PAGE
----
Laurie Lewis & the Right Hands- Live   Leave a comment

Laurie Lewis & the Right Hands


Spruce & Maple


When performed at its highest level, bluegrass music is emotional, evocative, and spot-on in its precision. Such is the recent live album from California-based Laurie Lewis & the Right Hands.


While some of the splices are apparent to those preferring unedited concert recordings, the strength and breadth of the music contained within the eighty-minute set more than compensates for minor blemishes.


Lewis is revealed as a sensitive, intuitive fiddler, one who is more interested in supportive interplay with band mates than showboating flashes of speedy sawing. Blend her dexterity within a powerhouse five-piece bluegrass lineup, and one has a winning combination.


This album provides a comprehensive overview of the band’s repertoire. There are a few barn-storming bluegrass numbers, including Tall Pines, Curly-Headed Woman, and Diamond Joe, as well as several introspective songs such as The Rope, Val’s Cabin, and the ecological lament The Wood Thrush’s Song. A Lewis standard, and one of the greatest bluegrass songs of the past two decades- Who Will Watch the Home Place?­­– is also included.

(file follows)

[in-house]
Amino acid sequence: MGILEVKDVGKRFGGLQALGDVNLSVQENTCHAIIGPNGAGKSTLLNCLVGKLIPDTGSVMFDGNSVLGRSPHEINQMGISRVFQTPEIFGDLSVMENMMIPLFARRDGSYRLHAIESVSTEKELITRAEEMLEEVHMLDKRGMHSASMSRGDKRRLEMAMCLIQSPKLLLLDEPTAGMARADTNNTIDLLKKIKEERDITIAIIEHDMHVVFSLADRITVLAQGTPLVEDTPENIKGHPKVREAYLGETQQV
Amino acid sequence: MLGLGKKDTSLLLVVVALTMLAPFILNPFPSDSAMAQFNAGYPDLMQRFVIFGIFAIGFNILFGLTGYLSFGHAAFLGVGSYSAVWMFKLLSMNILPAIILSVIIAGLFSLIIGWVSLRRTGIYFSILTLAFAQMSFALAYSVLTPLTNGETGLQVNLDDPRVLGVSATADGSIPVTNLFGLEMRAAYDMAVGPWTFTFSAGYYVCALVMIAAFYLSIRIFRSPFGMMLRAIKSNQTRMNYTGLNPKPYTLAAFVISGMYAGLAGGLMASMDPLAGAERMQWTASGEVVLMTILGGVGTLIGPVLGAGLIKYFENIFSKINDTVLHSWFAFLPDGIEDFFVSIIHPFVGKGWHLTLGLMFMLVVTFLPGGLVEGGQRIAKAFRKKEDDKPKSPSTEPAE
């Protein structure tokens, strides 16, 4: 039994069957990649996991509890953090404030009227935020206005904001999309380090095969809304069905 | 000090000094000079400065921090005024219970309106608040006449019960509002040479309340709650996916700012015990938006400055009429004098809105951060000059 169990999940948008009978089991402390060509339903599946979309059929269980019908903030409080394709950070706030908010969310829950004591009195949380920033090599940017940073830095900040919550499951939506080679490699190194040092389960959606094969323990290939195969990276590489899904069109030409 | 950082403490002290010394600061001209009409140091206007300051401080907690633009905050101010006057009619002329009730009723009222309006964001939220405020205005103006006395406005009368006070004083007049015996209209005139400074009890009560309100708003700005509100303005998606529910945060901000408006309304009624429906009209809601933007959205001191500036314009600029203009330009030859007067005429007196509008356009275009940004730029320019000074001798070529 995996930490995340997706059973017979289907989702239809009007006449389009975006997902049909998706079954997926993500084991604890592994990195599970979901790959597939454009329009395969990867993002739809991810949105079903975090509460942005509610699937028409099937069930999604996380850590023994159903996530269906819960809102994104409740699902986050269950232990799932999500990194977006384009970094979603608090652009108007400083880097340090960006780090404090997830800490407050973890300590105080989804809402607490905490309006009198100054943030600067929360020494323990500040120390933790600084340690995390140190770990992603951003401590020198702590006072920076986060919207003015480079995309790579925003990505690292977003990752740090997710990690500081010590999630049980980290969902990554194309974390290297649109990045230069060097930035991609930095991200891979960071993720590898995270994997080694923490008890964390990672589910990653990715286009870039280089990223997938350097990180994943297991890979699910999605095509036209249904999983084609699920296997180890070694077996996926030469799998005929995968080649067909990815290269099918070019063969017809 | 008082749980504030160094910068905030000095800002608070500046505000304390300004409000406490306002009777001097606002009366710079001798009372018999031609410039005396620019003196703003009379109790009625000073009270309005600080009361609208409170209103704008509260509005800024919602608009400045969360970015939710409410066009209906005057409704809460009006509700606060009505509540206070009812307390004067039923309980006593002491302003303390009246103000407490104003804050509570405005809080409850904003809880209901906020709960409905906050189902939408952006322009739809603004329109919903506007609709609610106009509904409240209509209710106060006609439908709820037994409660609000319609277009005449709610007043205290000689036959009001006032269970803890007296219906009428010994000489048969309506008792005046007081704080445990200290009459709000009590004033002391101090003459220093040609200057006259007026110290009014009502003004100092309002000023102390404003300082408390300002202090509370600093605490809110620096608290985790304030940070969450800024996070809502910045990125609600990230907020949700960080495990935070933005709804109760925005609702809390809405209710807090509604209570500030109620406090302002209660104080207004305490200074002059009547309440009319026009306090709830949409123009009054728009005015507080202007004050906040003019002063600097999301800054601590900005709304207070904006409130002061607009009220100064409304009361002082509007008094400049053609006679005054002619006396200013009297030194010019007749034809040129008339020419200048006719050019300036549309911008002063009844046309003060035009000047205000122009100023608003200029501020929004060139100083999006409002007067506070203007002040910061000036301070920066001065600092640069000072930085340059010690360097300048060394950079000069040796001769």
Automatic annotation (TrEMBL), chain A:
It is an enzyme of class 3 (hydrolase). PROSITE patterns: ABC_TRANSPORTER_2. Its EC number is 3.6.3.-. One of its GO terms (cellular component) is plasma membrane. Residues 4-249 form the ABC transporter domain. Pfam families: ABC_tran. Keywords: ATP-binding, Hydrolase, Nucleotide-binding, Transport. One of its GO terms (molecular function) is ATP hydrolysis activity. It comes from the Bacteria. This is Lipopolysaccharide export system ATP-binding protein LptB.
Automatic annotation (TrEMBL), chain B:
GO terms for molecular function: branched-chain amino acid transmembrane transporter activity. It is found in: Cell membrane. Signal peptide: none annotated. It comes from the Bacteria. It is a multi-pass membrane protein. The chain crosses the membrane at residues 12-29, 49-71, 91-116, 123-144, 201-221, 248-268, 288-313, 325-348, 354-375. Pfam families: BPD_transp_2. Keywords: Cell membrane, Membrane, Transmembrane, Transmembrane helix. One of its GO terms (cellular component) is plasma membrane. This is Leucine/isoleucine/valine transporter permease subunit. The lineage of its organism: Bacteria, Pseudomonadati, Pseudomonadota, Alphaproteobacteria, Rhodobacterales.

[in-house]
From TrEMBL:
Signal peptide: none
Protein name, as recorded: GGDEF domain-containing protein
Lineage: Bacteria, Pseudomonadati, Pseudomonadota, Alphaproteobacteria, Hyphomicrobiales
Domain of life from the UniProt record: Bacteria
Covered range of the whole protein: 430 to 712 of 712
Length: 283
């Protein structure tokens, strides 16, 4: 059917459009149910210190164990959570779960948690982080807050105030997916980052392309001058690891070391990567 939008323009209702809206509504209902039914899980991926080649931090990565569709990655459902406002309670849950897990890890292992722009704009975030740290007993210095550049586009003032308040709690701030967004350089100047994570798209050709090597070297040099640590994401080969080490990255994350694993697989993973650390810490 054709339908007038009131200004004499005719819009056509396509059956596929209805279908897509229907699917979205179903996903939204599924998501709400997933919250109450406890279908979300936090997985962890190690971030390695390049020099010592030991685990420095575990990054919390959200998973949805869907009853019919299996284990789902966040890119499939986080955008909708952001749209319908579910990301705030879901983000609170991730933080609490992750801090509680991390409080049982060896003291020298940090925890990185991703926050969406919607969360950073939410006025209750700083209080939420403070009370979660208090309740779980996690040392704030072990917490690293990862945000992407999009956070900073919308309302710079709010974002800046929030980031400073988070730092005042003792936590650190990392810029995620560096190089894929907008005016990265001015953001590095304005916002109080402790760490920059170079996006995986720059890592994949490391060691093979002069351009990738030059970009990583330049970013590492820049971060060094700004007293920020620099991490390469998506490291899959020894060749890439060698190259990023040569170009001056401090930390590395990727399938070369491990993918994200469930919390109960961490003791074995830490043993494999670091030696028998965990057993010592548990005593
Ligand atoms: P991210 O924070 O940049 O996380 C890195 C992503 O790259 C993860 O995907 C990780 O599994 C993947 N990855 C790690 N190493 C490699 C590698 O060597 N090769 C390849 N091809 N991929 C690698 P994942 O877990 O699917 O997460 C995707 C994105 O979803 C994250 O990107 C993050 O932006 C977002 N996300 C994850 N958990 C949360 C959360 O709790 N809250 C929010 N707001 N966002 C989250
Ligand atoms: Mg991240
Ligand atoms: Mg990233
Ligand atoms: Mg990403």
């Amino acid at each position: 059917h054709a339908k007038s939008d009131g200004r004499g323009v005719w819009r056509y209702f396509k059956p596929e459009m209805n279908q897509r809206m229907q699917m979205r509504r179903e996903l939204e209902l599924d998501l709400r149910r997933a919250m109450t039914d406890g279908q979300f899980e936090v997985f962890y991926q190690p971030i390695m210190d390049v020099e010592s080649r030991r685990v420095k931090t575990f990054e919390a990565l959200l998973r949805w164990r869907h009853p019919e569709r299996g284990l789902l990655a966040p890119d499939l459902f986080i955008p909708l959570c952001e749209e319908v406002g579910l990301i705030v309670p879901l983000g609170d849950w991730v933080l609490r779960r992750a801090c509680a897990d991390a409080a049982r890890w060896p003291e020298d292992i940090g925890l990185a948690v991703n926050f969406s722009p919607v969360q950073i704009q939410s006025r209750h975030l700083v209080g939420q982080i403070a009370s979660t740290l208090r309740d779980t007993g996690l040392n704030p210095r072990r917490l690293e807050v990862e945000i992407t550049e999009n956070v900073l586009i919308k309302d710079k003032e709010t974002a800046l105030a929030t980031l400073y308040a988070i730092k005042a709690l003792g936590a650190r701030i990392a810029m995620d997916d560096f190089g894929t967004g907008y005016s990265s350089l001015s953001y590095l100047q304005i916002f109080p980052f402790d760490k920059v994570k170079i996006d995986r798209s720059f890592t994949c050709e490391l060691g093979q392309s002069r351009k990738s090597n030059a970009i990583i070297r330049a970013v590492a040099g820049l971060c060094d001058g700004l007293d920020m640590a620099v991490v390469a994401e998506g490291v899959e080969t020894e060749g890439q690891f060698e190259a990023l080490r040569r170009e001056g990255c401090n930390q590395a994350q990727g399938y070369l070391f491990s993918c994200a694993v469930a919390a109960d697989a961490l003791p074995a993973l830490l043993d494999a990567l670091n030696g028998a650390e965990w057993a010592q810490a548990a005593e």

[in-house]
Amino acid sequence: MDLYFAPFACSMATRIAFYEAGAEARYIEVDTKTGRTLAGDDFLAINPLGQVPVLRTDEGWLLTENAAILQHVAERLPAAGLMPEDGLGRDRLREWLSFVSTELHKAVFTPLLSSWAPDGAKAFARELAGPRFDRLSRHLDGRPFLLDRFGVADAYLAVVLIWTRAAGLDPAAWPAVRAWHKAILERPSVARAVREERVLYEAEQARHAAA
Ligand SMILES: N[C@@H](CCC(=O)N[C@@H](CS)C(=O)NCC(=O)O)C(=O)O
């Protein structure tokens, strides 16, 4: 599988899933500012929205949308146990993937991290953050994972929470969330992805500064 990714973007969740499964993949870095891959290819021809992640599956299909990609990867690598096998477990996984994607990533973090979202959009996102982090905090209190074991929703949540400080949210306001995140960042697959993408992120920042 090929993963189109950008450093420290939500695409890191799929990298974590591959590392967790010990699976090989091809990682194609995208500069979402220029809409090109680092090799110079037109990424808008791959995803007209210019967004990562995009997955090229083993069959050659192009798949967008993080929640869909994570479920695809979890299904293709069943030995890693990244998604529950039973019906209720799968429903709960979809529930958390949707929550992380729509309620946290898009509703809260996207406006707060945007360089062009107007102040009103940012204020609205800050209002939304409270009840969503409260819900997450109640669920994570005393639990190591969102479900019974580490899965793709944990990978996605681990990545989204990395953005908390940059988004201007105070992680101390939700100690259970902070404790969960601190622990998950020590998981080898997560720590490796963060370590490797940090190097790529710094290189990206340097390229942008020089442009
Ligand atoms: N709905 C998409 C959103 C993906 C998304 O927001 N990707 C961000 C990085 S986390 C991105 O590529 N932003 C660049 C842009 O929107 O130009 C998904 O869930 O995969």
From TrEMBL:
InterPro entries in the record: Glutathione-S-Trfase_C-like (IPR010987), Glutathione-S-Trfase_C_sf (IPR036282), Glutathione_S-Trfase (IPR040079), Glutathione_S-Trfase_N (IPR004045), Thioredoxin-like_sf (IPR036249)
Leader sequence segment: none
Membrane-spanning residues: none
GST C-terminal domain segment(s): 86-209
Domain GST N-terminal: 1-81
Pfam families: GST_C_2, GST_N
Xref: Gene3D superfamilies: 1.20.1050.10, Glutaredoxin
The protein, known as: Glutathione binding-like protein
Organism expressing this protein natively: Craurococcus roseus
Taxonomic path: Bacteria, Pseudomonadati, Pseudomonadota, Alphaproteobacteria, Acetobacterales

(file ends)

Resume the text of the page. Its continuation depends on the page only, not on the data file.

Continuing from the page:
Shaver’s Live Forever as sung by guitarist Scott Huffman is a highlight, while O My Malissa/How Old Are You? is not only one of the most meaningful bluegrass songs written in the past few years, it features as identifiable guitar intro as exists within the genre.


Featuring nimble-fingered instrumentation, passionate lead vocals, and gripping vocal trio and quartet numbers, the audio on this album is best experienced on quality stereo equipment. I found it a little flat on my portable machine and even in the car, but the sounds truly ‘came to life’ once I played it on the home system. Unexpectedly, I was transported to the Pacific Northwest halls in which Live was recorded last spring.


With Live, Laurie Lewis & the Right Hands confirm what astute bluegrass listeners have known for years: few bands present as complete a vision of bluegrass as this band of west coast professionals.


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